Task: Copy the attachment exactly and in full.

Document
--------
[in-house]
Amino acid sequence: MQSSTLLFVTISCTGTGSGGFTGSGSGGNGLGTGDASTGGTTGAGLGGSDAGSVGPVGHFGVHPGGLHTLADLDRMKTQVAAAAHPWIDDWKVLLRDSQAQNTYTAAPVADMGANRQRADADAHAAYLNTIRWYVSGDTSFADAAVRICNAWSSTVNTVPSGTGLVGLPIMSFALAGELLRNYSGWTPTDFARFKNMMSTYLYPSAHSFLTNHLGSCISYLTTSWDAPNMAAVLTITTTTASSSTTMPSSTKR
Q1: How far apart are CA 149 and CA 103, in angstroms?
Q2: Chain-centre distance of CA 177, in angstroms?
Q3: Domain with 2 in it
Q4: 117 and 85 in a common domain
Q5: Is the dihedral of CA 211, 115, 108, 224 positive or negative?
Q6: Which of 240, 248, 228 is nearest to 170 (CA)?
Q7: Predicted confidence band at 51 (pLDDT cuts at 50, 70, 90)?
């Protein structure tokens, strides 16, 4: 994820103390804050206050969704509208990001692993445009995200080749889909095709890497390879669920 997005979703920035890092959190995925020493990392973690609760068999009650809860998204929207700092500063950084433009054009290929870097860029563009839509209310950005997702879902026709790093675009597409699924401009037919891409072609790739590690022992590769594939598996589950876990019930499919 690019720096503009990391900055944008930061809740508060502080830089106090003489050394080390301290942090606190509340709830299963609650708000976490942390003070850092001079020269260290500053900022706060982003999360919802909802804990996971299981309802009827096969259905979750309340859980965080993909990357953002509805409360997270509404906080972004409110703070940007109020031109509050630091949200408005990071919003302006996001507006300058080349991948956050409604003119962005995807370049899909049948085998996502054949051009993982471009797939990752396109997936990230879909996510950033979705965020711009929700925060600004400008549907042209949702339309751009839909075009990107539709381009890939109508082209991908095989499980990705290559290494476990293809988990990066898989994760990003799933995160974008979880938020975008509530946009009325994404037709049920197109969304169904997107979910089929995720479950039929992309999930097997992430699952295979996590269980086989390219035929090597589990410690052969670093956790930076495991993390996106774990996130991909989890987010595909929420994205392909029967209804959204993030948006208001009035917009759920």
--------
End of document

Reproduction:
[in-house]
Amino acid sequence: MQSSTLLFVTISCTGTGSGGFTGSGSGGNGLGTGDASTGGTTGAGLGGSDAGSVGPVGHFGVHPGGLHTLADLDRMKTQVAAAAHPWIDDWKVLLRDSQAQNTYTAAPVADMGANRQRADADAHAAYLNTIRWYVSGDTSFADAAVRICNAWSSTVNTVPSGTGLVGLPIMSFALAGELLRNYSGWTPTDFARFKNMMSTYLYPSAHSFLTNHLGSCISYLTTSWDAPNMAAVLTITTTTASSSTTMPSSTKR
Q1: How far apart are CA 149 and CA 103, in angstroms?
Q2: Chain-centre distance of CA 177, in angstroms?
Q3: Domain with 2 in it
Q4: 117 and 85 in a common domain
Q5: Is the dihedral of CA 211, 115, 108, 224 positive or negative?
Q6: Which of 240, 248, 228 is nearest to 170 (CA)?
Q7: Predicted confidence band at 51 (pLDDT cuts at 50, 70, 90)?
């Protein structure tokens, strides 16, 4: 994820103390804050206050969704509208990001692993445009995200080749889909095709890497390879669920 997005979703920035890092959190995925020493990392973690609760068999009650809860998204929207700092500063950084433009054009290929870097860029563009839509209310950005997702879902026709790093675009597409699924401009037919891409072609790739590690022992590769594939598996589950876990019930499919 690019720096503009990391900055944008930061809740508060502080830089106090003489050394080390301290942090606190509340709830299963609650708000976490942390003070850092001079020269260290500053900022706060982003999360919802909802804990996971299981309802009827096969259905979750309340859980965080993909990357953002509805409360997270509404906080972004409110703070940007109020031109509050630091949200408005990071919003302006996001507006300058080349991948956050409604003119962005995807370049899909049948085998996502054949051009993982471009797939990752396109997936990230879909996510950033979705965020711009929700925060600004400008549907042209949702339309751009839909075009990107539709381009890939109508082209991908095989499980990705290559290494476990293809988990990066898989994760990003799933995160974008979880938020975008509530946009009325994404037709049920197109969304169904997107979910089929995720479950039929992309999930097997992430699952295979996590269980086989390219035929090597589990410690052969670093956790930076495991993390996106774990996130991909989890987010595909929420994205392909029967209804959204993030948006208001009035917009759920």